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Federal Railroad Administration FY 2003 E-Government/IT Strategy. February 6, 2003. This document is business sensitive, and is intended solely for the use and information of the Department of Transportation. Federal Railroad Administration. Agenda.

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Federal railroad administration

Federal Railroad Administration

FY 2003 E-Government/IT Strategy

February 6, 2003

This document is business sensitive, and is intended solely for the use and information of the Department of Transportation.

Federal Railroad Administration


Agenda

Agenda

Overall FY 2003 Federal Railroad Administration E-Gov/IT Strategy

FY 2003 Federal Railroad Administration Security Plan

Key Challenges And Risks

Emerging Opportunities For Cross-Cutting IT Projects/Technologies

Conclusion/Other Issues

Federal Railroad Administration

E-Gov/IT Action Plan


Overall fy 2003 federal railroad administration e gov it strategy

Overall FY 2003 Federal Railroad Administration E-Gov/IT Strategy

► Approach.This E-Gov/IT Strategy represents the approach that FRA will take to implement IT policy and programs on a coordinated basis. This strategy also is designed to work synergistically within and between these programs, such that IT is then leveraged more effectively and efficiently as FRA implements the President’s Management Agenda (PMA).

► Mission Support.The mission of FRA is to ensure that our Nation has safe, secure, and efficient rail transportation that enhances the quality of life for all. FRA intends to advance rail transportation through organizational excellence, integrity, and professionalism, and it is recognized that DOT and FRA increasingly rely on information to perform their public mission.

► Strategic Goals.The FY 2003 E-Gov/IT Strategy is a key policy implementation statement that will significantly effect the accomplishment of the DOT strategic goal of “Safety” and FRA’s strategic goals of: Safety, Mobility, Economic Growth, Security, Human and Natural Environment, and Organizational Excellence.

► Governance.FRA has already begun to realize the benefit of having coordinated IT policy and an E-Gov/IT overarching implementation strategy that complies with agency, DOT, and Federal directives. This includes support for agency strategic planning, capital asset management (including the emergence of cost accounting practices), workforce planning, and program management. PMA-related benefits of having an E-Gov/IT Strategy are already being realized in the areas of “Budget and Performance Integration” and “Expanding E-Government.”

► Investment.Specifically, this includes the development of a comprehensive view of over $8M in IT investments through the implementation of an IT Capital Planning Process in late 2002. This investment view of twenty-two IT projects and support contracts also served to coordinate and promote the 2003 update of the FRA Enterprise Architecture (first completed in August 2001) as well as enabling the prioritization of IT security certification and accreditation (C&A) activities during 2003-2004.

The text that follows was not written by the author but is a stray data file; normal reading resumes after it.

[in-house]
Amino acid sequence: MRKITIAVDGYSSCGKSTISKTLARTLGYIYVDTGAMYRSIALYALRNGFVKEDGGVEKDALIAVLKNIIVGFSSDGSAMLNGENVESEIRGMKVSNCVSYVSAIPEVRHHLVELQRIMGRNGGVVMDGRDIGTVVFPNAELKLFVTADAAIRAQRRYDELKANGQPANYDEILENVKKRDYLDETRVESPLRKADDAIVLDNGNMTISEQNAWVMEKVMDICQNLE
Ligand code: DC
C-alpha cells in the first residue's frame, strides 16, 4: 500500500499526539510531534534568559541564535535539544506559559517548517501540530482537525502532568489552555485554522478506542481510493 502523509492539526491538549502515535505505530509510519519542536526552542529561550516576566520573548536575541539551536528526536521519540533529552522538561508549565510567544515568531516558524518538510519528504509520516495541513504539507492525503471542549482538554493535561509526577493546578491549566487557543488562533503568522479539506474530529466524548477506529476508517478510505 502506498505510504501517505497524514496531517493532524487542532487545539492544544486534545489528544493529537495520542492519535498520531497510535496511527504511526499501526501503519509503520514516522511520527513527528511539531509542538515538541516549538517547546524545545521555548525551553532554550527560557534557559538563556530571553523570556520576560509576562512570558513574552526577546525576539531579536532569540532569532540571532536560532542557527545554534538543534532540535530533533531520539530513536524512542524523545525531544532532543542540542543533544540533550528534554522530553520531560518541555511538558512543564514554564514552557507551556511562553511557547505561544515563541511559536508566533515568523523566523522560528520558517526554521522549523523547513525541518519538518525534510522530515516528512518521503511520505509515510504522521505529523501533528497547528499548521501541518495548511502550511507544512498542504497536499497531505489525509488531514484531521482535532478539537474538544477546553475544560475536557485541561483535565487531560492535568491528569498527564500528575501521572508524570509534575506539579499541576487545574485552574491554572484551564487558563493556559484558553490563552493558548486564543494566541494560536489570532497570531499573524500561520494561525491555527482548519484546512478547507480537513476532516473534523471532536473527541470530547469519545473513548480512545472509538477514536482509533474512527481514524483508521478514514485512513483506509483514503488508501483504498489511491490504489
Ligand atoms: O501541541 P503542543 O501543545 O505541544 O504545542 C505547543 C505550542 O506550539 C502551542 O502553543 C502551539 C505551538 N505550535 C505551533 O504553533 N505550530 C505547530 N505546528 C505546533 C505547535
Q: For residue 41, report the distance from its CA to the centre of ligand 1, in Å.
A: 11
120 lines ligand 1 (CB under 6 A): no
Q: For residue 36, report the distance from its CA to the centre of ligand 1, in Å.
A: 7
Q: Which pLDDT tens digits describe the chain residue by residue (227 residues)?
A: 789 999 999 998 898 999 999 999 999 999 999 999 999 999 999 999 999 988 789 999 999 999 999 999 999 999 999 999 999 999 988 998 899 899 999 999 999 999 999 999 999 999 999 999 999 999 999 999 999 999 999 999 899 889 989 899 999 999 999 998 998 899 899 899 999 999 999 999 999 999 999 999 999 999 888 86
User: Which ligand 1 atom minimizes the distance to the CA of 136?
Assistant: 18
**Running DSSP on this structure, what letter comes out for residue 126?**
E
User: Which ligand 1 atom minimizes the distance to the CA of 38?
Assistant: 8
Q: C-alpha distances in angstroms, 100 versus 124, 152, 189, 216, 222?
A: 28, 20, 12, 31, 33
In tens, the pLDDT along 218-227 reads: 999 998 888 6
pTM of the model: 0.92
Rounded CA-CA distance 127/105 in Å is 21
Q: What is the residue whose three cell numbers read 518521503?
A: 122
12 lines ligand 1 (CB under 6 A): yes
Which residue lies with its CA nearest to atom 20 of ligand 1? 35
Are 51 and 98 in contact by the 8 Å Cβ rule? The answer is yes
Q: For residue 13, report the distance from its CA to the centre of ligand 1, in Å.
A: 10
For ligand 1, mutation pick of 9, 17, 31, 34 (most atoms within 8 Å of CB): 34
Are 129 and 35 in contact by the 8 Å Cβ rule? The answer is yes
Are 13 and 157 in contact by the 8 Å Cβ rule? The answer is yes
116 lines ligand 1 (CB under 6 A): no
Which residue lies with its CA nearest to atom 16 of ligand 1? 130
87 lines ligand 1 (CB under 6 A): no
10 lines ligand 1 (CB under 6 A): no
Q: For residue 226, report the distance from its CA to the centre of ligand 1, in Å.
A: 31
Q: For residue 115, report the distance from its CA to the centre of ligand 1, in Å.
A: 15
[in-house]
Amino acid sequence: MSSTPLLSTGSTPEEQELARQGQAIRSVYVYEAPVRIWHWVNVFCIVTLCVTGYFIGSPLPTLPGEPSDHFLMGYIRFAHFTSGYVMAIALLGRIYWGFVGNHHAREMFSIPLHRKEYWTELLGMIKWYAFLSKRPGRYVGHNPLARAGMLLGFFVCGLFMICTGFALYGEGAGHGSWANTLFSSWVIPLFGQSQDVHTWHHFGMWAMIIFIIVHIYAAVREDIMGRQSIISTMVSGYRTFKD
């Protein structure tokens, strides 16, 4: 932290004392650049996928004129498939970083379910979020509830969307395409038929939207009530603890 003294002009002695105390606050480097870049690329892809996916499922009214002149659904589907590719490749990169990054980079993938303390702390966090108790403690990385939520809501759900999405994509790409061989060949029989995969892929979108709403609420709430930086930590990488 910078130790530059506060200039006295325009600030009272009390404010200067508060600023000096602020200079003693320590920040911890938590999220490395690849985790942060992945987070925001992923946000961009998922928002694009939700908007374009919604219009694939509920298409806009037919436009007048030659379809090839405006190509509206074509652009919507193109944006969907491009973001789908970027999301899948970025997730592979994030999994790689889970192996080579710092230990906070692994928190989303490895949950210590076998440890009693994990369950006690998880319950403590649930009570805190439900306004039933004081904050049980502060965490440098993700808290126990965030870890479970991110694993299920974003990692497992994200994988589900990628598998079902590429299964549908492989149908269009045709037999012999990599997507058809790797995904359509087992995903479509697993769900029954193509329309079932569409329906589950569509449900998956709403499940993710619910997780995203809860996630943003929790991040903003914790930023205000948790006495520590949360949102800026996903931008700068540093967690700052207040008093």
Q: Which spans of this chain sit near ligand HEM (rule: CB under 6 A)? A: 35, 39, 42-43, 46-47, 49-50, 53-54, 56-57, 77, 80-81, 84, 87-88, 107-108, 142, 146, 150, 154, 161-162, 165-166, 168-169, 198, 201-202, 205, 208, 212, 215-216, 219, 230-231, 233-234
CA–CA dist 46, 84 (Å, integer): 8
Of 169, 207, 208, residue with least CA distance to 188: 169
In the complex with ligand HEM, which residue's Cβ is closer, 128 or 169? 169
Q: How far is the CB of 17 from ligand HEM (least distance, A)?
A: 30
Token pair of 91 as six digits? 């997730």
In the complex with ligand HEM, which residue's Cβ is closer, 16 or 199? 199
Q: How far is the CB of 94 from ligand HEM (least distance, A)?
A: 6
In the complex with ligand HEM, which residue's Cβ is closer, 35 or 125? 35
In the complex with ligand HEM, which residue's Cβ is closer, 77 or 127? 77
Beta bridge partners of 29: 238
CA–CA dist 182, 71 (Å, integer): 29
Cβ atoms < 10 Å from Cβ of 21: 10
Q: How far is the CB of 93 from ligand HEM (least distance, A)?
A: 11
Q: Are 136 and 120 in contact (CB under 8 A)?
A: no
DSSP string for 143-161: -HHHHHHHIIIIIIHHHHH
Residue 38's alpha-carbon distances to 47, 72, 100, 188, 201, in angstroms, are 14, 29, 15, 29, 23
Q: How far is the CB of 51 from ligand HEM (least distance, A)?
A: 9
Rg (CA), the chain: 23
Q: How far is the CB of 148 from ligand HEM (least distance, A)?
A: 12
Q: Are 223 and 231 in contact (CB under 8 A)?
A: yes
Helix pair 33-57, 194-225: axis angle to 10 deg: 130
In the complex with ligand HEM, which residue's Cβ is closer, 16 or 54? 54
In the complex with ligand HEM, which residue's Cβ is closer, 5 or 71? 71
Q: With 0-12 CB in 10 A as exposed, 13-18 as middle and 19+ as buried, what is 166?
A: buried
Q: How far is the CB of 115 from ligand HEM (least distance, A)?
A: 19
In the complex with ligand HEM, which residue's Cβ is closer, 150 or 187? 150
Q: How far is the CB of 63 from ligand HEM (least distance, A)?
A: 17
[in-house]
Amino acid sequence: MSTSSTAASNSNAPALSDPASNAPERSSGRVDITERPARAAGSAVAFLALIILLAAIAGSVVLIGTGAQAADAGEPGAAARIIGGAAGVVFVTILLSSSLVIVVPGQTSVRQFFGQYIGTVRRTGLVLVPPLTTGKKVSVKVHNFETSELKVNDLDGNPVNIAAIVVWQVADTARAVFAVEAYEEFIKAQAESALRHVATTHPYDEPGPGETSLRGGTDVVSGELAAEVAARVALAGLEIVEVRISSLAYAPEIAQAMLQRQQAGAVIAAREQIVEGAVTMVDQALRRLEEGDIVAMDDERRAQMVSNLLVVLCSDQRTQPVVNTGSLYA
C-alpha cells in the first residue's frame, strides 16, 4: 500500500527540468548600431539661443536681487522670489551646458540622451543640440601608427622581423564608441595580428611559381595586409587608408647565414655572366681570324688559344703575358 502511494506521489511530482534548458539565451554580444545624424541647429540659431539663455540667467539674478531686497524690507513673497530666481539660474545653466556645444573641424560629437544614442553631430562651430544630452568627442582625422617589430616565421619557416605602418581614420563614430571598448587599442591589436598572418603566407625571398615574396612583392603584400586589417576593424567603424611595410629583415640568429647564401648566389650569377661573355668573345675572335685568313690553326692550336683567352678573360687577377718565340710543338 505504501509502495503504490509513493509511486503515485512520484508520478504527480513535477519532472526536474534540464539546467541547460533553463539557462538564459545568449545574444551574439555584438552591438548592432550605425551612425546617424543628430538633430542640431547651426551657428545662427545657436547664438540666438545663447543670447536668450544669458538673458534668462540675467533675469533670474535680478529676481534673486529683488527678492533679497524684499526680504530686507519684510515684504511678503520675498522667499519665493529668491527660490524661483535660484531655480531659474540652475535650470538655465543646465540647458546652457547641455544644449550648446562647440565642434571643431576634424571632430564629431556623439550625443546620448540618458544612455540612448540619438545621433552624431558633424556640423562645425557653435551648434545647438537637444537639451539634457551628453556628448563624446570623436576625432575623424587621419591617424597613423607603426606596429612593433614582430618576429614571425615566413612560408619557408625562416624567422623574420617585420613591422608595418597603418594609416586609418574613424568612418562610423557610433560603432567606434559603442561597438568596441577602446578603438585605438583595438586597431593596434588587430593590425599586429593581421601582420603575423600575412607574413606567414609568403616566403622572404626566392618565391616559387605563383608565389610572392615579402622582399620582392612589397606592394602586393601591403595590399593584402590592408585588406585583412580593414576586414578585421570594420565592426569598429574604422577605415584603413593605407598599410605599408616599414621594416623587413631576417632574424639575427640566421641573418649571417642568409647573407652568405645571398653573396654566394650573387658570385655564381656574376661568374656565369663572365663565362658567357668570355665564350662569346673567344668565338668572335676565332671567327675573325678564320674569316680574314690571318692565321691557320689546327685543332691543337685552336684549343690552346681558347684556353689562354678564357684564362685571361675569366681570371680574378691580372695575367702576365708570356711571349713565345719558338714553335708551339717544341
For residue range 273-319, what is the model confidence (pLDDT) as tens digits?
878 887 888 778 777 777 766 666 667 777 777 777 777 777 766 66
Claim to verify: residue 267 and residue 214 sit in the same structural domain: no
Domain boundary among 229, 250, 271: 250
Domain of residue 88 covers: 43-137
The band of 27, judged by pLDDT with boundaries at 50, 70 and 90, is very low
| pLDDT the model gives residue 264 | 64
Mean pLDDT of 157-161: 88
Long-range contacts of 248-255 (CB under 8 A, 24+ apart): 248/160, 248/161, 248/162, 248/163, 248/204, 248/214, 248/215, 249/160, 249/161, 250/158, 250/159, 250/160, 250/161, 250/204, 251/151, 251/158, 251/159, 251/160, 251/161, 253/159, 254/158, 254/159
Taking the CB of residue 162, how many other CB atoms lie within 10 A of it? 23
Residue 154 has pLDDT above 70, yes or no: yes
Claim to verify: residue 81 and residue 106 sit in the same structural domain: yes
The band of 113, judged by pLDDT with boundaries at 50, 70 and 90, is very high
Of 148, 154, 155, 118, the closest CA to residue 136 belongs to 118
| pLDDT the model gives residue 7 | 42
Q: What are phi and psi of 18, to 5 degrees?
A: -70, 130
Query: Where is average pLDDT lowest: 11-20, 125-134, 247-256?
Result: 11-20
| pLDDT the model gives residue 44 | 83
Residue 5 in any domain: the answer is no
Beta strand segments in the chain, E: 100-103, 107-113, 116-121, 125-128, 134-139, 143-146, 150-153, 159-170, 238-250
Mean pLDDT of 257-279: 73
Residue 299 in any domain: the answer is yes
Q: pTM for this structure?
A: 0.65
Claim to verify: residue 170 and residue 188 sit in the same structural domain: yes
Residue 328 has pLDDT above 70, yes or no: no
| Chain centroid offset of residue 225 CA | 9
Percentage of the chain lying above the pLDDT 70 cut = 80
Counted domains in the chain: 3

► Culture and Stakeholders. What is unique perhaps about FRA’s approach to E-Government, is that from the start Program Sponsors and Project Managers have had an active role in related initiatives. While change management is always a challenge, this type of interaction and multi-stakeholder buy-in will be key to the ongoing success of the E-Gov/IT Strategy. FRA has a very active Union voice from AFGE 2814. The impact and implementation of IT decisions are negotiable.

Federal Railroad Administration

E-Gov/IT Action Plan


Fy 2003 federal railroad administration security plan

FY 2003 Federal Railroad Administration Security Plan

► Operational Security.

FRA has maintained an effective IT Security Program at the operational level for many years. During Fiscal Years 2001 and 2002, FRA has consolidated its network infrastructure and implemented new, more robust security solutions for applications, databases, websites, and network components.

► Security Positions and Training.

In 2002, FRA designated and trained an Information Systems Security Officer, identified the Designated Approval Authority (FRA CIO), achieved 100% security awareness training among end-users, and hired a management consulting firm to make recommendations on improving the IT Security Program and assist in the finalization of and future updates to the draft FRA IT Security Plan.

► Security Planning and Assessment.

In January 2003 a draft FRA IT Security Plan was completed, and during the rest of FY 2003 FRA will complete IT Security Risk Assessments and develop IT Security Plans for over a dozen IT systems. FRA will also complete the DOT/NIST C&A checklist for those systems identified as being mission critical. The remaining non-mission critical IT systems will be certified in FY 2004.

► Assigned Personnel.

FRA has two government personnel and one contractor performing IT security duties. By mid-2003, this will expand to approximately two government and five contractors as C&A activities commence.

► Challenges.

The main challenge in meeting DOT Scorecard goals for IT Security has been a lack of funding, which delayed the commencement of certification and accreditation activities as well as the development of system-level Security Plans.

Federal Railroad Administration

E-Gov/IT Action Plan


Key challenges and risks

Key Challenges And Risks

Key challenges for the implementation of the E-Government/IT Strategy beyond FY 2003 include:

► Managing Change.